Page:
Pinheads again seeking redistribution of assets!  The Guild has no business acumen and, certainly no sense of shame.  On what basis do they think that others should subsidize any part of their operational costs?  When two or three of them decide not to ride and the sheep follow, there is no consideration given to the association’s cost of operating on a non productive day.  The riders simply close down racing and ask people to believe it was done in the interest of safety.  Then they have the gall to ask these same people for a financial handout.  I say that type of behavior indicates a serious lack of character.  I would be remiss if I did not recognize the fact that some of these shut-downs are justified.  Unfortunately on too many occasions, they are not.  I have observed the procedures and listened to the conversation that takes place before these actions.  Calling business entities that refuse to be blackjacked into submission, deadbeats, is a further indication of lack of character and an absence of business acumen.           

  • King of Sports

    The bulk of these gaming companies make no investment in racing and no effort to cross promote or connect racing with their gaming operations. Then they claim no one is interested in racing so they shouldn’t spend any money or resources on it. In many cases, short-sighted horsemen are willing supplicants, so intent on feeding off the gaming trough and preserving purse supplements that they look the other way as no effort is made to promote racing. 

  • Jjvera62

    I was told from an inside source penn national can shut down racing in a few years.  i thought it can not operate w/out racing.He said if the racing side keeps losing money there is an angle to then stop racing.

  • If you’re a former steward, it’s easy to see why racing is in trouble.  Quite the attititude.  I still say jockeys should strike.  Pinheads?  Really?

  • Butchcassidy8504

    Turf Paradise didn’t even have an ambulance last year on track. Not sure if that has changed since…

  • Lorshaver

    So proud to be a Pennsylvania horsewoman…NOT

  • Knowitall

    Pinhead would be a too generous description of your acumen.

  • Lou Baranello, Former Steward

    Ms. Tierney, Some truths are very hard to accept.  I accept your right to disagree, but you haven’t given even one reason why race track operators should subsidize expenses of the Jockeys’ Guild or any individual member.  Your reply suggesting that the riders strike until such time as they prevail in this matter tells me a great deal about you and how you think.  In the event they follow your advice and strike for being denied a subsidy from an entity or entities that are under no obligation to provide such payment, they  will be laughed out of any court room in the country.  And yes, what specifically, is so easily seen that tells you why racing is in trouble?  I am anxious to read your reply.

  • “Bad Guy” rider

    Unfortunately, corporate America asks for the highest yield and the lowest cost when running a business, and class takes a back seat.  There are some people that do care on the  operation end of the race tracks, but they get significant pressure to cut expenses.  When safety takes a back seat to profit, racing is a brutal sport.  Racing would be more productive if we could all work together for the better good.  The Guild does not seem to be the answer though.  They are acting like most unions and worrying about whether or not they get money out of the whole deal.  In fact, that is how they list the “Good Guys” and the “Bad Guys”.  Am I a “Bad Guy” rider because I am not part of the jockey’s guild?  They have a questionable reputation and instead of working to earn the trust of riders they alienate them if they don’t receive a membership check.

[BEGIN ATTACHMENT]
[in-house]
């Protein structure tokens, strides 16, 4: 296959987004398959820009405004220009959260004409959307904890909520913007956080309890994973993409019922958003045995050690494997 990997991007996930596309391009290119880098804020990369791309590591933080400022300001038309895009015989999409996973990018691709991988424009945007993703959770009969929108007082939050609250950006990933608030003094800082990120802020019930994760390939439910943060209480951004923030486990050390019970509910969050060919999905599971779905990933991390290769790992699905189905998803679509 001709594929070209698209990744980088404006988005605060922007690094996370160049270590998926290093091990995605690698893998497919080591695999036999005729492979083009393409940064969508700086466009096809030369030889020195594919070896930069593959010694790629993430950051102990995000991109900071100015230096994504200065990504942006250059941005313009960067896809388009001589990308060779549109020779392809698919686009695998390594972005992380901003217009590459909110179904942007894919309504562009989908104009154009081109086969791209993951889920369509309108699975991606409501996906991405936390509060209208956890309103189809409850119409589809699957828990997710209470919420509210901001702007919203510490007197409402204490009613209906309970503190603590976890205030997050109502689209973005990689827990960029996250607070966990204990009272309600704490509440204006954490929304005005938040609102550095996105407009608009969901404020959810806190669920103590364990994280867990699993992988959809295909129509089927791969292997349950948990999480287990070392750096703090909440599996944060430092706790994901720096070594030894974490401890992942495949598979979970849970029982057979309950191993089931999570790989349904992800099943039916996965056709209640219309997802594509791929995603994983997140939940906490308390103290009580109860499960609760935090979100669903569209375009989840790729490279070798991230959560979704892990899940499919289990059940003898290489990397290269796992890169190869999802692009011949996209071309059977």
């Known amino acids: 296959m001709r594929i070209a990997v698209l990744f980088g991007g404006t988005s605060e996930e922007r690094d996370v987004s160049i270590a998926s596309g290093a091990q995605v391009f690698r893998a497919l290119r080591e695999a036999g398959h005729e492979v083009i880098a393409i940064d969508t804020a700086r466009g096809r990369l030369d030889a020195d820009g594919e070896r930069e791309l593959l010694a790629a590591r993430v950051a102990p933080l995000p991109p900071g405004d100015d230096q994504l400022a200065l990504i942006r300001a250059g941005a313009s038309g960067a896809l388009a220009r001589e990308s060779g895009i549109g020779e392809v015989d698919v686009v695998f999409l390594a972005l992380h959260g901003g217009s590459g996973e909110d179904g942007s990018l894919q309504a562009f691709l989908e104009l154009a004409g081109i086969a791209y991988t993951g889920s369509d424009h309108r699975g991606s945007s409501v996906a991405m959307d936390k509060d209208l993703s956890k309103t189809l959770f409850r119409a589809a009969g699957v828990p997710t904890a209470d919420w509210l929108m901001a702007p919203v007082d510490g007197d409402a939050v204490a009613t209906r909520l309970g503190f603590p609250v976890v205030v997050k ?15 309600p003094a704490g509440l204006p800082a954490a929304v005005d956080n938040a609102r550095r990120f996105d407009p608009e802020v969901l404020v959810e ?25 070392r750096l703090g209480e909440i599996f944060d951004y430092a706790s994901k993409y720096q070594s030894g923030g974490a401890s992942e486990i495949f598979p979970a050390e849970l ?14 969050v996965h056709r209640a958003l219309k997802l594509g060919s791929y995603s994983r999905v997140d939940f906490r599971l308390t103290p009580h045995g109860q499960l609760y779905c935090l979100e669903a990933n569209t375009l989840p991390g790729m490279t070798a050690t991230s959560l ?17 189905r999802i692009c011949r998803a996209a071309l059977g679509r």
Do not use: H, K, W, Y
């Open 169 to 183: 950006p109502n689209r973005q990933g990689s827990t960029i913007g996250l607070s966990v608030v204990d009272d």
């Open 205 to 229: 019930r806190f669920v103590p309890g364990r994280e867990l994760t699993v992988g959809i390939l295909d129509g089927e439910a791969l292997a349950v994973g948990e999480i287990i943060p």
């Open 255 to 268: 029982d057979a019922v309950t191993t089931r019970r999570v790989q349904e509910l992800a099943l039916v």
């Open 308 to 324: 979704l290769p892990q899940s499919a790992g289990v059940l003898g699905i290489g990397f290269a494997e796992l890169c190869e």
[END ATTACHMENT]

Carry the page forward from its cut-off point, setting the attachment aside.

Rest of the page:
• For years I have given the Jockeys Guild the answer to this year to year case they continue to make.  I have a lot of friends who are jockeys and ex jockeys and the Guild has failed in many ways over the years.  You, the jockeys who ride on Breeders Cup Day, have the answer from within.  Have those fortunate enough to have mounts on the biggest days in the sport donate 1-percent of a winning, or a 1-2 finish, to a fund that would take care of the rest.  Is that asking too much?  I don’t think so.  The rich taking care of those not so fortunate.  Stop this year to year begging.  Like myself, jockeys are independent contractors, and those who are fortunate to make it big do right well.  Stop the begging and do what is right.  

  • Heidi Carpenter

    Many of these tracks aren’t exactly kind to their horses, either.

  • The Ole Man

    The Jockey Guild is kinda rough on Ruidoso;When one considers the amount spent by Hubbard on an injured jockey was in the six figures.That jockey is a disabled rider.Why don’t they just come out and say;These tracks don’t support the Guild itself.

  • Bobw205

    Johnny V needs to keep these deadbeats in front of race fans and we won”t bet these tracks.That should help the cause.

  • The Whiz

    The worst day in racing history is when horsemen and track owners got in bed wuth casino and racino types. The solution was to go to the legislature and tell them we will not request “machines” on our property if we can be granted 2-3% of the gross revenues these casinos generate and if they want to simulcast our product all the better.Unfortunately horsemen saw dollar signs and not the pitfalls both short and long term. Casinos could care less about Horse racing we are just a necessary evil in most cases ie Penn National, Mountainer Park, Presque Isle Downs and others all run by pencil pushing persons who have no background in racing and don’t want to gain any knowledge about the product they have to present in order to have the slots in the first place. I am so glad my career in racing is nearing it’s end and I feel badly for those still blinded by the false hopes being spewed at them by the “Almighty Casinoites”

  • who knows?

    I heard that they have a pickup that puts the injured in the back!! Can that possibly be true? Or even legal with the commission or dept?